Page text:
high five

Ah, the Dallas High-Five —  an interchange between U.S.  Highway 75 and Interstate 635 that is a luge during an ice storm, a twisted maze of ramps stacked on top of each other any other time, has now become the place where a few hundred folks are now forcibly cooling their heels because of a tractor-trailer accident early this morning.

According to law enforcement, a gasoline tanker carrying diesel fuel overturned on the ramp from southbound 75 to eastbound LBJ Freeway. While none of the fuel has spilled so far, the task of emptying the tanker of its fuel before transporting it has taken the entire day, and officials now say that the interchange will be shut down through the evening — and yes, that includes rush hour.

Dallas police said the liquid contents in the tanker shifted as the truck from Trans Wood trucking of Omaha, Nebraska, took a curve, causing it to overturn. The driver was uninjured.

And when we say the entire interchange, we mean everything. Planning on taking Central Expressway from Plano to Downtown Dallas? You goofy. Wanting to get from east Dallas to Sam Moon over on the west side? No bedazzled handbags for you today. Good news though, eastbound LBJ is open, allegedly. (more…)

CityMAP main graphic 1

If you missed part one, click here.  Overall, the documents and scenarios CityMAP put together are logical and straight-forward.  Most call for the submersion of key highways surrounding Dallas’ core aiding in traffic flow and neighborhood revitalization.

One calls for the rerouting of I-30 to the distant south and one calls for the removal of a portion of I-45 and US-75.  I’m all for the submersion and covering of these highways.  I’m faaaaaar from convinced on these other two.

Are you HIGH?

What happens to 45/75 traffic when it's partially removed. Everything scatters before returning to the highway.

What happens to 45/75 traffic when it’s partially removed. Everything scatters before returning to the highway.

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NORTHCENTRALEXPRESSWAYIs Dallas next?

Gosh, that’s almost a whole work week! According to a study performed by the National Traffic Scorecard, Austin, Texas is the fourth worst city for traffic wait times in the country. It’s even worse than New York City, holding strong at number 5.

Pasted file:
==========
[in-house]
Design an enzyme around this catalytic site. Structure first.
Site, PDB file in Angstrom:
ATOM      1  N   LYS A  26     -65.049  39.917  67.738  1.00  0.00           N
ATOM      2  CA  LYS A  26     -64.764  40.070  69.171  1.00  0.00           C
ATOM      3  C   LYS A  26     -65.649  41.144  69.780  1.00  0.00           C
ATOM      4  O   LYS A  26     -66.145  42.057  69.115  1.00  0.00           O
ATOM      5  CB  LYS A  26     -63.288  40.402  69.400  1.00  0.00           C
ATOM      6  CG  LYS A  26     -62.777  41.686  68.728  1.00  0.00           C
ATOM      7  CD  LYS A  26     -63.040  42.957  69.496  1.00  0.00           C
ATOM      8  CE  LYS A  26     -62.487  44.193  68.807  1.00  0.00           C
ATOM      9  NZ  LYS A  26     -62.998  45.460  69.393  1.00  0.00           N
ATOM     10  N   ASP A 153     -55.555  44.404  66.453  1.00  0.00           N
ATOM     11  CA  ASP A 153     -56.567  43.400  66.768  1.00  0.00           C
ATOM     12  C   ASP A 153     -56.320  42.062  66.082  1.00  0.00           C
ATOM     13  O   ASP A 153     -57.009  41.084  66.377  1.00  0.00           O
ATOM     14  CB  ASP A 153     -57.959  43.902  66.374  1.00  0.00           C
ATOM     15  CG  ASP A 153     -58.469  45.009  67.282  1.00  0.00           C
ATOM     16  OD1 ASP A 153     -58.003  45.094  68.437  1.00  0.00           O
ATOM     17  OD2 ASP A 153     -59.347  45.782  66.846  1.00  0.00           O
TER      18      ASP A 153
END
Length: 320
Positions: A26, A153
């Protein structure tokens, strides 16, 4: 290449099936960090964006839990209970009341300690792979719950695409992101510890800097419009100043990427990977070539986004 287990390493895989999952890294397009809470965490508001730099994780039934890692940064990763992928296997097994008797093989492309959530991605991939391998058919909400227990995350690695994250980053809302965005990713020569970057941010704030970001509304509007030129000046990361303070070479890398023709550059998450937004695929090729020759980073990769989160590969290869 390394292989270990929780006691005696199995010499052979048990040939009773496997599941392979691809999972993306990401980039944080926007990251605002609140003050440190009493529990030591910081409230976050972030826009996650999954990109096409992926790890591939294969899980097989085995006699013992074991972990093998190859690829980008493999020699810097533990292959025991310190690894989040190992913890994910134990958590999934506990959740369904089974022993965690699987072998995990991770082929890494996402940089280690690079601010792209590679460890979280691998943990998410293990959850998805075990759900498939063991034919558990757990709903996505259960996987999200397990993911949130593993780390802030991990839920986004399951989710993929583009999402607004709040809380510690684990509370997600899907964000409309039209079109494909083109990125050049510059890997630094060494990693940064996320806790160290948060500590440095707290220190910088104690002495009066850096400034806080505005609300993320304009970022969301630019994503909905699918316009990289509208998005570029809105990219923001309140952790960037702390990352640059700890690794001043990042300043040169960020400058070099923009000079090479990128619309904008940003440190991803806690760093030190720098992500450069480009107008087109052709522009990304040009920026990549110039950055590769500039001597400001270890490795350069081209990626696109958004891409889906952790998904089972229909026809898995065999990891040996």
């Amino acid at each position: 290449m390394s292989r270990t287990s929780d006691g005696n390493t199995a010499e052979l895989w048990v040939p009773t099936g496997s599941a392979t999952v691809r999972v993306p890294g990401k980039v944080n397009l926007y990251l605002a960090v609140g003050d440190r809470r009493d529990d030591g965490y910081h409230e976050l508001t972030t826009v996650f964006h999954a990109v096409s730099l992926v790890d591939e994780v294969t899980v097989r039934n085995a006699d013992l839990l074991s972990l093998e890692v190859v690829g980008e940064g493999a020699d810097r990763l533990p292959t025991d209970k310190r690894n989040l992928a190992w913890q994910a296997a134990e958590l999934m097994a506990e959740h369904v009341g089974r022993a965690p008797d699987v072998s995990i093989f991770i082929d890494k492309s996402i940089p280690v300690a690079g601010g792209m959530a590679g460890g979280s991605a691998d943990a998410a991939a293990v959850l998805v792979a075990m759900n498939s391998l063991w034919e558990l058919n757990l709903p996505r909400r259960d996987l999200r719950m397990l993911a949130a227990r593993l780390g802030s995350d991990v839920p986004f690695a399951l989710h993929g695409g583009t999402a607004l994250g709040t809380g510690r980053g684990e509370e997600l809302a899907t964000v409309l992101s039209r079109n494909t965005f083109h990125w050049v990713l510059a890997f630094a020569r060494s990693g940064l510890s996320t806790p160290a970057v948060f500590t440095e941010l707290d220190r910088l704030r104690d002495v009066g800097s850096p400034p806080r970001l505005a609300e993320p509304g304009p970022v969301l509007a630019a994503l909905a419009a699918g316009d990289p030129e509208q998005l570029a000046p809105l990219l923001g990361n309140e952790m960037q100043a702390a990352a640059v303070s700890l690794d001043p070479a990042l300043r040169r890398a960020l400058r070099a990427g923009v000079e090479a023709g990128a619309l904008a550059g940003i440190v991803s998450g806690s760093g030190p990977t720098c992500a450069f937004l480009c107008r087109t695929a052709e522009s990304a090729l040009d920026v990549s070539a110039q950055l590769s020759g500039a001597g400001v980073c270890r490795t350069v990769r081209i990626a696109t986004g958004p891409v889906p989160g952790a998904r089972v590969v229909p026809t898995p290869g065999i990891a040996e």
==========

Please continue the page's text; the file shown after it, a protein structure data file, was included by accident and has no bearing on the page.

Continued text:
We all know what a nightmare I-35 is at any given time of the day, and you might as well just stop somewhere for an hour or three if you hit I-35 anywhere near rush hour, anywhere near Austin.

There’s only one kind of good thing about this report: when we’re poor, we don’t drive so much.  Back in the recession, traffic did diminish a little but came back up on the rise in 2013 ‐

“congestion was up for 7 consecutive months from January through July 2013 indicating after 2012’s rollercoaster, a slowly improving economy. Austin racked up three extra hours of average traffic time per year from 2012, putting the city just below the traffic nightmares Los Angeles, Honolulu, and San Francisco in road wait times. “

Having been to all three cities, I can vouch: traffic is such a nightmare in San Francisco that it almost forces you to drive after 11 p.m. just to get anywhere.

Dallas is not on the top five list, at least not yet. But an interesting little take-away from this piece is that people are driving more everywhere!

  • Traffic is back on the rise in 2013, even in countries showing continued declines. Traffic congestion was up in six of the 15 countries analyzed: the U.S., UK, Ireland, Switzerland, Luxembourg and Italy compared to only one country in 2012 (Luxembourg). Traffic congestion was up in 105 of the 194 cities analyzed.

The ditch your car and walk-it thing is just not happening. Traffic congestion is increasing at three times the rate of employment. Why? Well, perhaps aging Baby Boomers with bad knees can’t hike like they used to, and millennials schlepping babies can’t carry them. And this is something we need to seriously keep in mind with all the talk about tearing down I-345, which I actually support seriously studying. Will removing a highway really make traffic disappear or “find other routes” when there is, in reality, more coming?